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stolperia eNotes educator| Certified Educator

A refrain may serve one of several purposes. It is often used to reinforce an important thought, idea or phrase through repetition. Think of the refrain of songs.

Glory, glory, hallelujah. Glory, glory, hallelujah. Glory, Glory, hallelujah. His truth is marching on.

A refrain may also help to establish the rhythmic pattern or mark the end of each stanza of a piece. In Robert Frost's poem The Pasture, the refrain is the last line of each stanza.

I'm going to clean the pasture spring;

I'll only stop to rake the leaves away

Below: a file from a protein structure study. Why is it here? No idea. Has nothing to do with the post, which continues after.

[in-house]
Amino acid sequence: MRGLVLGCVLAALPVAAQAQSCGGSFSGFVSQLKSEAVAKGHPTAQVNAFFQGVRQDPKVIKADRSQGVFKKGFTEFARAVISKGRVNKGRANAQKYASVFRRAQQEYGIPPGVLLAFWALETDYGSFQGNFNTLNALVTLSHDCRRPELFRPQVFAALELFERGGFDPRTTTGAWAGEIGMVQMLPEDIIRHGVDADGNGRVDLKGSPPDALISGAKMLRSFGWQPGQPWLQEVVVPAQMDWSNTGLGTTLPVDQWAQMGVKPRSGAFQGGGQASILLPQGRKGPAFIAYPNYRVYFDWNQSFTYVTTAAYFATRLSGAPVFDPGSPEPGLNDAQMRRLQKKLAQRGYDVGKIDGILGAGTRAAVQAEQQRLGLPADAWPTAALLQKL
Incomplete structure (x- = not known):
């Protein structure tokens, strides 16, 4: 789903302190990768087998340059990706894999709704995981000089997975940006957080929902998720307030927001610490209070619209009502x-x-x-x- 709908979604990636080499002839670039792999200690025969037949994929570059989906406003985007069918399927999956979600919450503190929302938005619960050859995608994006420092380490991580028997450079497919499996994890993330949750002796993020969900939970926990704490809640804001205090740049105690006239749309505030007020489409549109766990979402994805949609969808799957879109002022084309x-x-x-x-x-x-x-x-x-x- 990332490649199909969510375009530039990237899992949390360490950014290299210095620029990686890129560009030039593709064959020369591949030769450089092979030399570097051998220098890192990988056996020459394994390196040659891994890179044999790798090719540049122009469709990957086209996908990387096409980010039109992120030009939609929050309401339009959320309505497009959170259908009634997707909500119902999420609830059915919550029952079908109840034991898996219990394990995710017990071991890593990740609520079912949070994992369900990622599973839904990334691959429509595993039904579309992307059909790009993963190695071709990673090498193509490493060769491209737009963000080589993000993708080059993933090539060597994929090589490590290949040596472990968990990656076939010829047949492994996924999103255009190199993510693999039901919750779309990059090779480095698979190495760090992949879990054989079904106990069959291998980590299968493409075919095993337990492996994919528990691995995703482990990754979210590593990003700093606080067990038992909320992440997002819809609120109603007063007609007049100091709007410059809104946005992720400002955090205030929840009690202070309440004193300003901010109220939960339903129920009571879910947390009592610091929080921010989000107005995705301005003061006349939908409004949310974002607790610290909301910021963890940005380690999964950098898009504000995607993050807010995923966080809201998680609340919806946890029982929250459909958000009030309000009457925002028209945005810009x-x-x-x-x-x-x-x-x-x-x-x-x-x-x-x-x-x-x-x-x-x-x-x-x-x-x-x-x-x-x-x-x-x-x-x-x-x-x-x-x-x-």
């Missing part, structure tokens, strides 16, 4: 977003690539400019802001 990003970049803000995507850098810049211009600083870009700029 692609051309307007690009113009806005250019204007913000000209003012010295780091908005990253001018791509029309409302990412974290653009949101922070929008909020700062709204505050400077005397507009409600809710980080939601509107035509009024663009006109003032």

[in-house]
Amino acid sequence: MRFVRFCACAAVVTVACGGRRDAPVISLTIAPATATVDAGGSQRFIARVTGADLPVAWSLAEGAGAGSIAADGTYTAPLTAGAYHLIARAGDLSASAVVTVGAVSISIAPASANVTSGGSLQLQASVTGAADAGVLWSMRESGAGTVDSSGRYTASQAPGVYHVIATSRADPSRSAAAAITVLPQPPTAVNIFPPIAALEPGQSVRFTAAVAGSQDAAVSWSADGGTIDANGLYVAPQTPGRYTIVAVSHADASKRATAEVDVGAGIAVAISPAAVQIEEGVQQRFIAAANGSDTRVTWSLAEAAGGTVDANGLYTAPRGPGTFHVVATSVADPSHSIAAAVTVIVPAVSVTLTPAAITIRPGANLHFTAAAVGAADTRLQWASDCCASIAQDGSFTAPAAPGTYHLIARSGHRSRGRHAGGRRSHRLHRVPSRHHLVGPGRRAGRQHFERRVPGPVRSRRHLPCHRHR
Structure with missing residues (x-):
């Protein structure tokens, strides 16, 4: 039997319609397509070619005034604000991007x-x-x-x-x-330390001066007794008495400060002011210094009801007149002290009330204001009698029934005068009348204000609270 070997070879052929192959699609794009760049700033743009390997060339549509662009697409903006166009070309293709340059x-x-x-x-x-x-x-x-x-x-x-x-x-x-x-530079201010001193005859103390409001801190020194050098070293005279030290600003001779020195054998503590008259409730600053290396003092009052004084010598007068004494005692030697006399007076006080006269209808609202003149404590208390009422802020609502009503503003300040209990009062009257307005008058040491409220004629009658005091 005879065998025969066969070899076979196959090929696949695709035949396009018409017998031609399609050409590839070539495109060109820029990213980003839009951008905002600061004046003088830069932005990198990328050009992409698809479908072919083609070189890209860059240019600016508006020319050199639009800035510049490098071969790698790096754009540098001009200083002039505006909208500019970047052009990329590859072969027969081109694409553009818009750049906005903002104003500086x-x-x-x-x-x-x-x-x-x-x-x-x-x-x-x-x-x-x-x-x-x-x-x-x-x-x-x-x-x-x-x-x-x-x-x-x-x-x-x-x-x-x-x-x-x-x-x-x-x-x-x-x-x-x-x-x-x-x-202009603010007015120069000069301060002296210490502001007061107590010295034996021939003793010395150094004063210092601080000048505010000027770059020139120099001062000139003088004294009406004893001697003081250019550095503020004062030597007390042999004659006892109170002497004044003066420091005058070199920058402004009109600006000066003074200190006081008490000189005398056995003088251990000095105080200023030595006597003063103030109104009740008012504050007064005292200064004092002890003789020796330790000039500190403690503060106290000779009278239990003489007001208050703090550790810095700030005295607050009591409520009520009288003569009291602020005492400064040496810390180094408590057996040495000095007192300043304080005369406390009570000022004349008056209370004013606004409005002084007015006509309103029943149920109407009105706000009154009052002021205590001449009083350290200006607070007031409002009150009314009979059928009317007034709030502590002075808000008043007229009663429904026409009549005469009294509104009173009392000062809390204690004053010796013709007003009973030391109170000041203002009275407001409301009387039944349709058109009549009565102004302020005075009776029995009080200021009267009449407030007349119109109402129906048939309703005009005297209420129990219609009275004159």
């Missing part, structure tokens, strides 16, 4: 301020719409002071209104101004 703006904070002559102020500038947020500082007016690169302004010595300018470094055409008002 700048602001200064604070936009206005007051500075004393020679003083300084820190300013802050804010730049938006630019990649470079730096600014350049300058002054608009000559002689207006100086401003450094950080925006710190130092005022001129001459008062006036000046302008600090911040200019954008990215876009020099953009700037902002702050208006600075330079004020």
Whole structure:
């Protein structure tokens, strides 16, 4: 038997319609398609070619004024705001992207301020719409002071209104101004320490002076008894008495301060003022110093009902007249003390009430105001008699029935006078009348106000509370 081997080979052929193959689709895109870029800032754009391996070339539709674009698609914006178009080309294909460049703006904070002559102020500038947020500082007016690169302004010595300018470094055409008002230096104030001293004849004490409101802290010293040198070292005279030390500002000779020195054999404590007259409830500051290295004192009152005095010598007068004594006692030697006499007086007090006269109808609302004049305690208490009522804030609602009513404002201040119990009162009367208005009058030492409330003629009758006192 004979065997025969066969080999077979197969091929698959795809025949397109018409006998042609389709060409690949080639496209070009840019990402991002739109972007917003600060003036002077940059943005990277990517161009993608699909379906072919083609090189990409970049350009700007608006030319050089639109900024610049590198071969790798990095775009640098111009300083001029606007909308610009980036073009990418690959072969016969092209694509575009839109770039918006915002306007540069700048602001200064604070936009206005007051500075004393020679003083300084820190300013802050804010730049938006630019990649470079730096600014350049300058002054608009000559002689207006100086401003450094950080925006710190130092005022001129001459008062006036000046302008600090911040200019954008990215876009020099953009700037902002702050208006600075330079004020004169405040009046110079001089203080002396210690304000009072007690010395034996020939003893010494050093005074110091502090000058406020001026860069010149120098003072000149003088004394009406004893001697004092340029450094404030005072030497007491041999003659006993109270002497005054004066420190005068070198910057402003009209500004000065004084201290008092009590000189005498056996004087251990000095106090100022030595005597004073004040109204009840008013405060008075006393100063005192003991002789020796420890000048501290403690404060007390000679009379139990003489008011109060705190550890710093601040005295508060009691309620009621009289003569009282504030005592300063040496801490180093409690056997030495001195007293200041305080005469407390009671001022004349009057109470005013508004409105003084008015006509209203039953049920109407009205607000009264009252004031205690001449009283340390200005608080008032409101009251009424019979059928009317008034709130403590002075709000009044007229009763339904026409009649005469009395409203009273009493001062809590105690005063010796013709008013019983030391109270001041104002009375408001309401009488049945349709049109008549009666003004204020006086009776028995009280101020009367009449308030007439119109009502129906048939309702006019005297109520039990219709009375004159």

(And wait to watch the water clear away, I may):

I shan't be gone long. - You come too.


I'm going out to fetch the little calf

That's standing by the mother. It's so young,

It totters when she licks it with her tongue.

I shan't be gone long. - You come too.

Refrains may also simply be nonsense syllables used to fill out a metric pattern or as a break in the story. Think of all the Christmas carols that use meaningless syllables as part of the lyrics.

Deck the halls with boughs of holly!

Fa la la la la, la la la la.

vmoriarity eNotes educator| Certified Educator

Refrain has two main purposes.  Refrain is used to create rhythm and meter in a piece as well as emphasize a specific thought or idea.

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